An American Teacher’s Voice about the Dallas Ambush

To prove my American bona fides, I am posting this after watching the entire MLB Home Run Derby, including the entertaining final round between Giancarlo Stanton and Todd Frazier. Miami’s Stanton beat my hometown slugger, Frazier, 20-13. Good American fun.

This last weekend, I had been trying to figure out how to address my online summer class about the Dallas massacre and two preceded killings of black men by police officers in Louisiana and Minnesota. I confess that I’d like to take the easy way out and not mention it, but then I don’t suppose I’d be well-representing my position as a professional representative of the community. The following is an excerpt from the announcement I posted for my class this day, a day after the deceased soldier in my life, Sgt. Timothy Allan Guffey, would have turned 33, if he had not taken his own life because of George W. Bush’s war:

Dear class. It’s still difficult to process the brutal events of last week, yet the demented slaughter of five police officers and two needless shootings of black men by police officers within the short span of three days have beset the nation with a need to reflect. It is necessary to grieve, and it is equally necessary to struggle with issues of racial tension, mental illness, public violence, gun classification and legal ownership, and national security. I’d like to invite students to read one (or all) of the three articles I included this morning in Additional Readings about reaction to the Dallas ambush as the subject matter for the Reflective Essay (…or next week, you could make it the central subject matter or argumentative thesis for our final paper, the Argumentative Research Essay).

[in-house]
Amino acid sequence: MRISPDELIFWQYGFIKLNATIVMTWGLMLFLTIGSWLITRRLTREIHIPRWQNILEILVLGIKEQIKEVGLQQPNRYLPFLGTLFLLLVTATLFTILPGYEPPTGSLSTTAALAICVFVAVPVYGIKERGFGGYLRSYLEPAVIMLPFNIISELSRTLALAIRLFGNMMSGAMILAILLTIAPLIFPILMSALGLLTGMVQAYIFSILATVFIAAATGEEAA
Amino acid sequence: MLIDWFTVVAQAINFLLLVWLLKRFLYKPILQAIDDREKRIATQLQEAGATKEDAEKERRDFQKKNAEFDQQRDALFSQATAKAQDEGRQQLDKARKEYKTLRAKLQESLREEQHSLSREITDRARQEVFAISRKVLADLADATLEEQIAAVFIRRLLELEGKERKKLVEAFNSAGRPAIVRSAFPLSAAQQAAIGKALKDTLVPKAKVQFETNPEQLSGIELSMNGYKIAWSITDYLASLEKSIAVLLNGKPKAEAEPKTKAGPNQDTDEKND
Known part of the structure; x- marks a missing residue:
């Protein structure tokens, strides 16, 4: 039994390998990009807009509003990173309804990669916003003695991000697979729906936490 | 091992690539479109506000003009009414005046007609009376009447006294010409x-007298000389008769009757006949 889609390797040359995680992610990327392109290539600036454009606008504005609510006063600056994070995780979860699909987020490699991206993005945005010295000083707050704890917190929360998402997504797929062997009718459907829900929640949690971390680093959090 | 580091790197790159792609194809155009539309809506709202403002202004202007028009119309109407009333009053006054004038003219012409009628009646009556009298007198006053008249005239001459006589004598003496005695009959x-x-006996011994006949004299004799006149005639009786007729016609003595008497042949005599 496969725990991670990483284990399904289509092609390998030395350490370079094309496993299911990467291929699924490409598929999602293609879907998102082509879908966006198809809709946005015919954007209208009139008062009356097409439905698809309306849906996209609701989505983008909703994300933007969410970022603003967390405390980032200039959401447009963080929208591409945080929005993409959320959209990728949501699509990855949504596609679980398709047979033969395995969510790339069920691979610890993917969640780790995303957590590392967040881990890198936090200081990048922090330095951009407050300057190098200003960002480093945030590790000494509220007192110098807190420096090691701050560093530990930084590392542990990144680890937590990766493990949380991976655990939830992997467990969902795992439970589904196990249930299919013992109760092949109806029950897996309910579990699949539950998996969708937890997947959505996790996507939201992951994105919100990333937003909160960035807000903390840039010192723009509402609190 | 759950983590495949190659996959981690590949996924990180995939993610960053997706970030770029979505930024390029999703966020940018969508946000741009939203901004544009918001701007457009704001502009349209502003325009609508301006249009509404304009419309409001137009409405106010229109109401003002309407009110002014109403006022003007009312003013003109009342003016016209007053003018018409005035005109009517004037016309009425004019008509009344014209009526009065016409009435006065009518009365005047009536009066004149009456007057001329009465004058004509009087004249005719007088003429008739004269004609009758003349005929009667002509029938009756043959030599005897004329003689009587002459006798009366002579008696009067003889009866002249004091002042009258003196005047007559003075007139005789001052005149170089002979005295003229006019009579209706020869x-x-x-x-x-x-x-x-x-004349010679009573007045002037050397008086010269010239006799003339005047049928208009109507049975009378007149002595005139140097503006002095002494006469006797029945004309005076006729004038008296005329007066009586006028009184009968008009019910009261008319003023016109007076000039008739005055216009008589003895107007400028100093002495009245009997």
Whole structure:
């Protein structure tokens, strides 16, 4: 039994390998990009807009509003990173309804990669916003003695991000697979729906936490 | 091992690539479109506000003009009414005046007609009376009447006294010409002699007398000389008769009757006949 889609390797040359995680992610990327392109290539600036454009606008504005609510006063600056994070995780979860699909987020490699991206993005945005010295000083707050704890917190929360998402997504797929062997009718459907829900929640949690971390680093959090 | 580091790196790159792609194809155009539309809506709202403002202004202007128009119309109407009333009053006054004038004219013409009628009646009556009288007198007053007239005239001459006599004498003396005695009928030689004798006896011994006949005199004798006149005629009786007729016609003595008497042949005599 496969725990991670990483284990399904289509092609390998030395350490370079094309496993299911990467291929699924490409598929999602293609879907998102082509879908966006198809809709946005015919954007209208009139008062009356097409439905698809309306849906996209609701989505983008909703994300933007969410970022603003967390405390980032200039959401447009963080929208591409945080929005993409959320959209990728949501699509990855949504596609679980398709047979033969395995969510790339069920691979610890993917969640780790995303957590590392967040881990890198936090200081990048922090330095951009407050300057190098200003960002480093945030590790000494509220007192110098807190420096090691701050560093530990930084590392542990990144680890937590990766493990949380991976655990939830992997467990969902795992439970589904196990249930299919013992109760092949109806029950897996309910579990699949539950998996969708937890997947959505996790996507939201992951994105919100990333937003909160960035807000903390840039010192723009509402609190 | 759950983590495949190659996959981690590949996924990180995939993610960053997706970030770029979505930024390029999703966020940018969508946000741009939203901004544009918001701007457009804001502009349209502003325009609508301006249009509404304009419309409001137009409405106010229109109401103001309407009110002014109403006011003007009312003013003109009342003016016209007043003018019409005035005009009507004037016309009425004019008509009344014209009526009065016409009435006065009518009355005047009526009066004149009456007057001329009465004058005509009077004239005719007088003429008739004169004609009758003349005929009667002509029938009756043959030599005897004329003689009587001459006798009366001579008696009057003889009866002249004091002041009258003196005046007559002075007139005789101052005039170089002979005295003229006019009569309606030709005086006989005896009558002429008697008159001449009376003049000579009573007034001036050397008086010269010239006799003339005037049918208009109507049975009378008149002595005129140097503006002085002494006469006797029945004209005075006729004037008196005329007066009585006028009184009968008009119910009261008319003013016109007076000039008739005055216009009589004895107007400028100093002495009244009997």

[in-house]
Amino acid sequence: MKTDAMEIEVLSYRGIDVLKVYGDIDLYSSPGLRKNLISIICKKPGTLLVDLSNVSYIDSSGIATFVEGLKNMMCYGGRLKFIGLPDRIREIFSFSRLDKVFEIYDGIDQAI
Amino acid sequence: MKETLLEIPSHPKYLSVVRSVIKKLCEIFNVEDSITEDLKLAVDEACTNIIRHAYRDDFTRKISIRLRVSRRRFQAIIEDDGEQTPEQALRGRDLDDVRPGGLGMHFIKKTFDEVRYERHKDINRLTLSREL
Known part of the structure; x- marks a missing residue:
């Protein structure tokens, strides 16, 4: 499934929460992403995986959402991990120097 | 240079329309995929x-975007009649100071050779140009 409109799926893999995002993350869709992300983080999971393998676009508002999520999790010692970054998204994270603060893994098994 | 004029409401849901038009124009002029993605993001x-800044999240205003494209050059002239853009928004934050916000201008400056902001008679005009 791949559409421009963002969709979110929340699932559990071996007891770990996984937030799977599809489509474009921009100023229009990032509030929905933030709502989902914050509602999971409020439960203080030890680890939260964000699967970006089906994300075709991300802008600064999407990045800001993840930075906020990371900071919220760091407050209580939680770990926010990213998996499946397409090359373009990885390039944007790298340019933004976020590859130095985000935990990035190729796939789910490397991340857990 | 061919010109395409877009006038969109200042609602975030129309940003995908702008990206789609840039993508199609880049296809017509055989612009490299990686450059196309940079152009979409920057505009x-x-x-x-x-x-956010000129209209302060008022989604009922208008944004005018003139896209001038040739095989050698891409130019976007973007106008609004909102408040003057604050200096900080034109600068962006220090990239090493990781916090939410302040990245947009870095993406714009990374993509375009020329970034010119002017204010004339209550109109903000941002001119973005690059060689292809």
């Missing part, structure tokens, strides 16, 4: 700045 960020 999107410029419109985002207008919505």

[The three articles I included are as follows, in last year’s MLA citation format:

“This City, Our City.” The Dallas Morning News. The Dallas Morning News, Inc., 9 July 2016. Web. 10 July 2016.

Wolf, Leon. “The Uncomfortable Reason It Came to This in Dallas Yesterday.” RedState., 8 July 2016. Web. 10 July 2016.

Dyson, Michael Eric. “Death in Black and White.” The New York Times. The New York Times Company, 7 July 2016. Web. 10 July 2016.

I wrote a bit about the minutiae of the on-line class after this. I concluded with a summary of the concept of America, since we had concluded a session about conceptual writing and extended definition.]

I love my country, and it saddens me to see such civil unrest in America this summer. However, I will not give into despair because the country I know and love does not give into our fears. We love and support our neighbors, and we provide hope and opportunity to our most indigent citizens. This country is strong, and we will persevere despite the nay-saying. This is the country I know and grew up in, and many people have attempted to persuade me that America has become fundamentally different. I am having trouble seeing America as if we are on some inevitable spiral down the metaphorical toilet, because frankly, we have seen worse times than this. America will endure. America is more than any one individual citizen. It is an aggregate, made up of the best parts of all of us together, and we cannot be torn asunder when we are united as one.

Scott C. Guffey


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